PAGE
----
On the evening of Sept 22nd, around 9pm, Mr. G., aged 17, was simply walking around the block with his cousins in the predominantly English-Italian Borough of St-Leonard, Montreal. When he and his four cousins turned the corner, they came face to face with a young adult male holding a mobile phone who stated to them â??what are you looking at, you not allowed to speak English hereâ?? (quâ??est que tu regardes, tâ??as pas le droit de parler en anglais icite) forcing himself onto them. Mr. G. ignored the statement, pushed the man away so they could continue walking, then the man proceeded to assault G. with two punches to his face â?? all this for simply speaking with his cousins in English. Although they were in a group, the male proceeded to reach into his pocket for something; therefore they fled the scene to avoid intensification in violence.

Mr. G. was brought home and his mother immediately called the ambulance and filed a report with the police (Reference number: 42-120923-017, Constable on Patrol: Flores). The perpetrator has neither been caught nor arrested, but a full description was given to the officer from Post 42 of the Montreal Police.
Photos below are of the victimâ??s eye after the incident.

Incidentally, five days prior, Mr. G.'s mother, who is a member of the Quebec Office of the English Language, met with prominent political figures on behalf of the English language lobby group, also received a threat. The mysterious caller said, "Stop what you are doing or else.�

When will our Prime Minister Stephen Harper denounce the repetitive cruelty towards the English speaking minority in Quebec? When will the political parties in Quebec, including the PQ, Liberals and CAQ, all denounce the violent language discrimination and assaults towards Quebec's official language minority? As documented by the Senate Standing Committee Report on Official Languages, we are, in sum, stuck in a Rights Void, and furthermore, Shebbeare states â??we are in full agreement with Michel Kelly-Gagnon, Director of the Montreal Economic Institute, that La chasse aux Anglos has to stop.â??

The Criminal Code of Canada says a hate crime is committed to intimidate, harm or terrify not only a person, but an entire group of people to which the victim belongs. The victims are targeted for who they are, not because of anything they have done. In the same way, why does Julie Snyder have no consequences for promoting hatred against our community (CRTC complaints ignored by several active members of our Facebook Group) in prime time? Why do illegal militias continue to exist? Why does Soci�©t�© Saint Jean Baptiste (SSJB) leader Mario Beaulieu belong to a group that wishes to intimidate those who speak out regarding language discrimination? Shebbeare stated: â??Thatâ??s right, because as â??maudit anglosâ?? in Quebec know very well who is the best treated minority in Canada: the separatists of Quebec.â??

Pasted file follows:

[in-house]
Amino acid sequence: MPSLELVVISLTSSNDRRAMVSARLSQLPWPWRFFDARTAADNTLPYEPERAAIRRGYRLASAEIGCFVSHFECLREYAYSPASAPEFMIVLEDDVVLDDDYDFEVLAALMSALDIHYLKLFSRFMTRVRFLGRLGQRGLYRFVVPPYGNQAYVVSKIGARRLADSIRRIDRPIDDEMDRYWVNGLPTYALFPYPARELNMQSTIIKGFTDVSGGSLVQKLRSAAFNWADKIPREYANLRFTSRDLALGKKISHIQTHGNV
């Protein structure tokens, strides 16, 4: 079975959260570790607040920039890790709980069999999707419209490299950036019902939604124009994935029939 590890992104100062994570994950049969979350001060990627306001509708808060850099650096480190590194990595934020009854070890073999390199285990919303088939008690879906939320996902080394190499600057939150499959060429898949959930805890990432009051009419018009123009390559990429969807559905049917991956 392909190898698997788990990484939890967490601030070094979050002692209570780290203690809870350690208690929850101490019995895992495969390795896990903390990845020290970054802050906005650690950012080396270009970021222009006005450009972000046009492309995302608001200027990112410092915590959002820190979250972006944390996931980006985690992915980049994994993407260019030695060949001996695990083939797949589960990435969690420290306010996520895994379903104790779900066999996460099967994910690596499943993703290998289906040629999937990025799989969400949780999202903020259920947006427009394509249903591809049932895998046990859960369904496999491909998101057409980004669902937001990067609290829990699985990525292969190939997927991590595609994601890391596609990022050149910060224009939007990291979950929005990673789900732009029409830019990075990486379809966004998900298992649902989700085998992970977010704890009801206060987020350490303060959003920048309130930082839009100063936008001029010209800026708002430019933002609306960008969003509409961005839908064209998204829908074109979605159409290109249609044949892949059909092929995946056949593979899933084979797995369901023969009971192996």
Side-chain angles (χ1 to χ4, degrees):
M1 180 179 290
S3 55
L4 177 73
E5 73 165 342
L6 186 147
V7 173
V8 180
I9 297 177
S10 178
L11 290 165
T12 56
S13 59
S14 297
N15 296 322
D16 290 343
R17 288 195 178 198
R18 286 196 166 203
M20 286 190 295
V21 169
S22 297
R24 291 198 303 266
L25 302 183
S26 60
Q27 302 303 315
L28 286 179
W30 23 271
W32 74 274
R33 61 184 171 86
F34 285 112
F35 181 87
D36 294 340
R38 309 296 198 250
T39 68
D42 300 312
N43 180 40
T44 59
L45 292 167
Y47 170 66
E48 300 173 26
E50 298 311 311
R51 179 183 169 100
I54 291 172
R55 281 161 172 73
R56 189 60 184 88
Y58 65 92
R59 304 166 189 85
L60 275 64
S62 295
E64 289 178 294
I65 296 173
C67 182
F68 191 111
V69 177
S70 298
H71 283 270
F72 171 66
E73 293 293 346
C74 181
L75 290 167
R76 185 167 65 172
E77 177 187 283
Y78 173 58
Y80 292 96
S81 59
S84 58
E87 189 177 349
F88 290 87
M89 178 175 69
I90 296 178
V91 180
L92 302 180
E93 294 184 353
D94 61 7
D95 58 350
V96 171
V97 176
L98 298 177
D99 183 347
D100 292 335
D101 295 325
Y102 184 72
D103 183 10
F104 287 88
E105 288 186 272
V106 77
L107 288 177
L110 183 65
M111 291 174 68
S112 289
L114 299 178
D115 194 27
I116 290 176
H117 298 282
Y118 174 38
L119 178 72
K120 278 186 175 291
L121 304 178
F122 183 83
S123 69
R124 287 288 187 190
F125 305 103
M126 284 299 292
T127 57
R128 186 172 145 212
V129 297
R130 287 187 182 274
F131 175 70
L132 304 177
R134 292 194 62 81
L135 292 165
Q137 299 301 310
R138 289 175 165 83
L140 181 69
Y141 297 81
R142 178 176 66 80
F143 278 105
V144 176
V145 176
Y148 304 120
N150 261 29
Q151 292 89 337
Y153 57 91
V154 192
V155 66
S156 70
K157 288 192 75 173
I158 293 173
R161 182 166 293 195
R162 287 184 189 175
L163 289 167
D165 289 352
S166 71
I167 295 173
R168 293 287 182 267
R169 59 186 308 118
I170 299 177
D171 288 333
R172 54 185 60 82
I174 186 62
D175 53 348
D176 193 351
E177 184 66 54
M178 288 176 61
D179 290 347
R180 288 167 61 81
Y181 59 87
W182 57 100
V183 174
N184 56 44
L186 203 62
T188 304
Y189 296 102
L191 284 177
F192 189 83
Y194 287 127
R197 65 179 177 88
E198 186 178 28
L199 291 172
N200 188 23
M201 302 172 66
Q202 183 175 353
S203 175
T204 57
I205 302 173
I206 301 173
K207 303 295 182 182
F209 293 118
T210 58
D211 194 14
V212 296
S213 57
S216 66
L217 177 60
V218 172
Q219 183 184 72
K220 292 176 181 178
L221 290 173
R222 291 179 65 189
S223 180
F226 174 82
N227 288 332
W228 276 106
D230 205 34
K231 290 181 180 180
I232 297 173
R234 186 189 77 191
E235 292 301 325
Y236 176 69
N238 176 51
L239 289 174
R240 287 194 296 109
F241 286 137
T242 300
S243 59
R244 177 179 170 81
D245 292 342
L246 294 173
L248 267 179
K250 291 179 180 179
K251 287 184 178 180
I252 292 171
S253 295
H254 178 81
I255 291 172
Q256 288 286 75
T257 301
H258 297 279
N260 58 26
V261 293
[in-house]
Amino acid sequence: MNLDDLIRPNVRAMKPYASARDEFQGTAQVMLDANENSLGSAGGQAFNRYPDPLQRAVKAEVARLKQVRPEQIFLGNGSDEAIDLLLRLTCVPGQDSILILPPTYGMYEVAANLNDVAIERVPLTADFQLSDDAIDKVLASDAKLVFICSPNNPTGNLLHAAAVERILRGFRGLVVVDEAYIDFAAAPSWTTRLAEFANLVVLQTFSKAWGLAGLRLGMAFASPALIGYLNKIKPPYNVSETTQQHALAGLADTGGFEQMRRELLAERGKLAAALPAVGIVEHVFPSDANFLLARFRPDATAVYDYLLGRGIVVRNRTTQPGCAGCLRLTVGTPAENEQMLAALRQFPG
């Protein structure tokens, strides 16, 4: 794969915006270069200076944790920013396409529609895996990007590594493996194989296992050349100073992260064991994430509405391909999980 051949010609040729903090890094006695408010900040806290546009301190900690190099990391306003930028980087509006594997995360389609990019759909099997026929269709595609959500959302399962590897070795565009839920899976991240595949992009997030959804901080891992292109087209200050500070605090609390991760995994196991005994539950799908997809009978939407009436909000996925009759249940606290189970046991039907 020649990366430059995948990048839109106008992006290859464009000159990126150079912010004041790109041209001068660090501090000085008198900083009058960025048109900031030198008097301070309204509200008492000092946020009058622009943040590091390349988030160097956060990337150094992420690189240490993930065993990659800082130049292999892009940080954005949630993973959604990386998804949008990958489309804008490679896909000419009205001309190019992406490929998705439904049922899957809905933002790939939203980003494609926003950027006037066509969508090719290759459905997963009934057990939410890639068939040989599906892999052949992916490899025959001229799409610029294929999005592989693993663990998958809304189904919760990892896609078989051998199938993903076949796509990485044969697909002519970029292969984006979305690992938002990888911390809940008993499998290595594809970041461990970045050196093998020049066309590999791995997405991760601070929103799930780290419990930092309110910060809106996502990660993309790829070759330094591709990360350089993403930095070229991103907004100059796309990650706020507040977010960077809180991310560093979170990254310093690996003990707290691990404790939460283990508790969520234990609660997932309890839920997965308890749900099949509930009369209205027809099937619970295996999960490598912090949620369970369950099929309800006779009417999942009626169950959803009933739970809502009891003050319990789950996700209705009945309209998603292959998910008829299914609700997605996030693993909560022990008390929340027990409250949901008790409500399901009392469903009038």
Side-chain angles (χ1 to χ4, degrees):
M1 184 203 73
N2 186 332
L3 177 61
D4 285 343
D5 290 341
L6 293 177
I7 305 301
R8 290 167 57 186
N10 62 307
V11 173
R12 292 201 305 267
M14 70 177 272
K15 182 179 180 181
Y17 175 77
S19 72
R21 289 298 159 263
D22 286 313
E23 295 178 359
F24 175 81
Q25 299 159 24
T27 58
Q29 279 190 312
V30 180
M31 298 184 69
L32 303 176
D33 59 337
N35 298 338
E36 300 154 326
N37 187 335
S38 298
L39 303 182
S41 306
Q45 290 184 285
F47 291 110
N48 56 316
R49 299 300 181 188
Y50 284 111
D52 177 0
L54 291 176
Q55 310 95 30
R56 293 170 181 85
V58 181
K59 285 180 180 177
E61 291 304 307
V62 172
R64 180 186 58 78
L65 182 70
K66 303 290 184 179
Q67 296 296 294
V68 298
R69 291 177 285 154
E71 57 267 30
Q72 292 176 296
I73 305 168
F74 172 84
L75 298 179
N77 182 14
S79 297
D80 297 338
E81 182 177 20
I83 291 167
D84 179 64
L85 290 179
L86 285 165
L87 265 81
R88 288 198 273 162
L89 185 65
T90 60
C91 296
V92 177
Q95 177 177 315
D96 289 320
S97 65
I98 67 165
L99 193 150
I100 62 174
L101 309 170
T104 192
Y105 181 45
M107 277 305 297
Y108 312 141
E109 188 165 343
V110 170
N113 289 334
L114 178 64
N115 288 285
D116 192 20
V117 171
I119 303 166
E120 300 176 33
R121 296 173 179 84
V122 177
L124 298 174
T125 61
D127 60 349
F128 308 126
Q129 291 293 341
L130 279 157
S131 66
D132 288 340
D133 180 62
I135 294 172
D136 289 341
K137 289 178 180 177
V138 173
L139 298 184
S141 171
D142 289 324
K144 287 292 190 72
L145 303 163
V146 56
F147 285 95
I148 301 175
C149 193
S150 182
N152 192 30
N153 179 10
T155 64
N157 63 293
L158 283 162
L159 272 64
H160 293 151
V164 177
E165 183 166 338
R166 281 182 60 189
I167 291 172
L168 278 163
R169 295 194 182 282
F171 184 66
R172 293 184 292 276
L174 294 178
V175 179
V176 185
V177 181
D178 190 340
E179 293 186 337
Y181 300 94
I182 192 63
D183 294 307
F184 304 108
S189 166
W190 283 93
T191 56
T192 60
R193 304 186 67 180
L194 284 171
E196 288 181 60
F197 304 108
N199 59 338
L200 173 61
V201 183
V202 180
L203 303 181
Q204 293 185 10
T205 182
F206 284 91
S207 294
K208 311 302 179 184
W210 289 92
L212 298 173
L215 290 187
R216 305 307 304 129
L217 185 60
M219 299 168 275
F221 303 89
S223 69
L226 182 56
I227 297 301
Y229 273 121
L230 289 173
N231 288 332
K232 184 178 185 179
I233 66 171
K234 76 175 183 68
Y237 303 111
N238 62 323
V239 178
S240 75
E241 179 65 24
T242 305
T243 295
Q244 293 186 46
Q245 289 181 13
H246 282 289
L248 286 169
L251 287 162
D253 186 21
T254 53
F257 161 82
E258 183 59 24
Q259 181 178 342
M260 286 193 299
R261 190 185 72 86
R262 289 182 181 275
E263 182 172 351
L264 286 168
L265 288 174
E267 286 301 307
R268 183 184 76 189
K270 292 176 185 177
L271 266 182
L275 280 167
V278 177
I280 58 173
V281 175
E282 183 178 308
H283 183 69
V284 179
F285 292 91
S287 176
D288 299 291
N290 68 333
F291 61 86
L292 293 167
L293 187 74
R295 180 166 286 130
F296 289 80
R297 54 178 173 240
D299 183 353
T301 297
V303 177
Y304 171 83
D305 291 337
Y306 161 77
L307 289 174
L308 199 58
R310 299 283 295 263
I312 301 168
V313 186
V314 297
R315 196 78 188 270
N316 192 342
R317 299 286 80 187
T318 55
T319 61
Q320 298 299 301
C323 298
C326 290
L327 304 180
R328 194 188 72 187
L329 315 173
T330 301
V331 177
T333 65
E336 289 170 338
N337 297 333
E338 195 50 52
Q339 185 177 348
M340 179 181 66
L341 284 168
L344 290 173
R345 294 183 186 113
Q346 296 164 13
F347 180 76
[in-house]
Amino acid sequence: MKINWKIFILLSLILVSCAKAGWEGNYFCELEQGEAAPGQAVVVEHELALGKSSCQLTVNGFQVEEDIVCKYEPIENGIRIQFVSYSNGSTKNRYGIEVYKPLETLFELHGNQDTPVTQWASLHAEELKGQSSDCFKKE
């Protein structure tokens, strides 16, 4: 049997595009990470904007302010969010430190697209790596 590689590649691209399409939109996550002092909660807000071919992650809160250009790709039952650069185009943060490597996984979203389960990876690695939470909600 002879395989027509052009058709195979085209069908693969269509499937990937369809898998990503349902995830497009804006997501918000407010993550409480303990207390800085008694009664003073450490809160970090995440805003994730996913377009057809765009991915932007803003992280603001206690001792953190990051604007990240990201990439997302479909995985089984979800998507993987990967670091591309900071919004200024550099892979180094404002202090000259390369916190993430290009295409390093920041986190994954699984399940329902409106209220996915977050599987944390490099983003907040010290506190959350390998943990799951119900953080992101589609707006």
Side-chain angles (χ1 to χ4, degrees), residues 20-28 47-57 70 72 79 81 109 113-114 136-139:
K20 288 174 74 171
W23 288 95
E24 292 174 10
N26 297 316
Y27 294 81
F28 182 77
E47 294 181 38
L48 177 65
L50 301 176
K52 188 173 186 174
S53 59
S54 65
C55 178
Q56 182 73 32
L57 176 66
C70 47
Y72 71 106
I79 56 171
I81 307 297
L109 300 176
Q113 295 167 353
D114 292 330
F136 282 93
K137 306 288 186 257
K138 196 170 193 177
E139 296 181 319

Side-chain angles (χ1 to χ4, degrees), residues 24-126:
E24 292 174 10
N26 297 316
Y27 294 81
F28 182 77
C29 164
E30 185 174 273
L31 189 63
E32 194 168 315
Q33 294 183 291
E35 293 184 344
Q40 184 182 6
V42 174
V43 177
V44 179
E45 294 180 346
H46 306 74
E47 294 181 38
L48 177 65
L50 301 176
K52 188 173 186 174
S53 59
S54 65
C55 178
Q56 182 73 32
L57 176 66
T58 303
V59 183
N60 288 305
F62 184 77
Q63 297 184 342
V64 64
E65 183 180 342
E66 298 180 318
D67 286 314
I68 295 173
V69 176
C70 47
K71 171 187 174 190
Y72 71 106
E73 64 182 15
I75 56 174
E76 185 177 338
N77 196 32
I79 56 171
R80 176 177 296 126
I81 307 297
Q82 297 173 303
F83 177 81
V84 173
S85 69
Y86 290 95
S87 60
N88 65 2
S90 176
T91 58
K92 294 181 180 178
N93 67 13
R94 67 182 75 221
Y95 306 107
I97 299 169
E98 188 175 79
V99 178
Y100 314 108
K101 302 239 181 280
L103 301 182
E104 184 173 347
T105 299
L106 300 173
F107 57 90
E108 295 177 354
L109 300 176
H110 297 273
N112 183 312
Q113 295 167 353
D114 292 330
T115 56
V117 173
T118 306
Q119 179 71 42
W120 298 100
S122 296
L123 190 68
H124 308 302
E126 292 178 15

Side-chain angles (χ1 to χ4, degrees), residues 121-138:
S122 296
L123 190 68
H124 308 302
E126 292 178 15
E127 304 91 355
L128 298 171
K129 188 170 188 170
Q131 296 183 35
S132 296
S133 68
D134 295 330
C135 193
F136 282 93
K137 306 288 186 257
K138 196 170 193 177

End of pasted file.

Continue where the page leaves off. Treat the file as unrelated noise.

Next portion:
These abuses towards the English-speaking community are also in violation of the U.N. Human Rights Article 19 concerning freedom of expression and article 27, the denial of minority rights to enjoy their culture, yet our own Quebec Human Rights Commission denies Civil Evidence and proof of discrimination in E-mails, whilst Provincial Human Rights Tribunal dismisses cases systematically.

We implore our political leadership to come forward to find an Entente Cordiale, in the name of tolerance and reconciliation with our minority in Quebec, while reflecting on how discriminatory legislation plays a key role in promoting hatred and prejudice within our beloved province.
Ã?


Hugo Shebbeare

Ã?

Spokesperson - Porte parole

Quebec Office of the English Language
Office qu�©b�©cois de la langue anglaise
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The OQLA is a non-profit organization made up of volunteers who are concerned about methodical undoing of minority language rights in Quebec. Our primary objectives are to preserve and promote the English language within the province, to ensure that the English language does not become extinct in Quebec, and to make sure that companies provide bilingual signage in accordance with the language laws of Quebec. As mentioned in a previous Press Release, our organization strongly opposes violence.

For questions and interviews regarding the assault please contact This e-mail address is being protected from spambots. You need JavaScript enabled to view it

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Office quebecois de la langue anglaise
PO Box 32513
2445 Lucerne Rd
TMR H3R 2K0
info@oqla.org

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OQLA is a not for profit organization made up of volunteers who are concerned about the slow and methodical disappearance of the English language in Quebec. Our primary objectives are to preserve and promote the English language within the province, to ensure that the English language does not become extinct in Quebec, and to make sure that companies provide bilingual signage in accordance with the language laws of Quebec.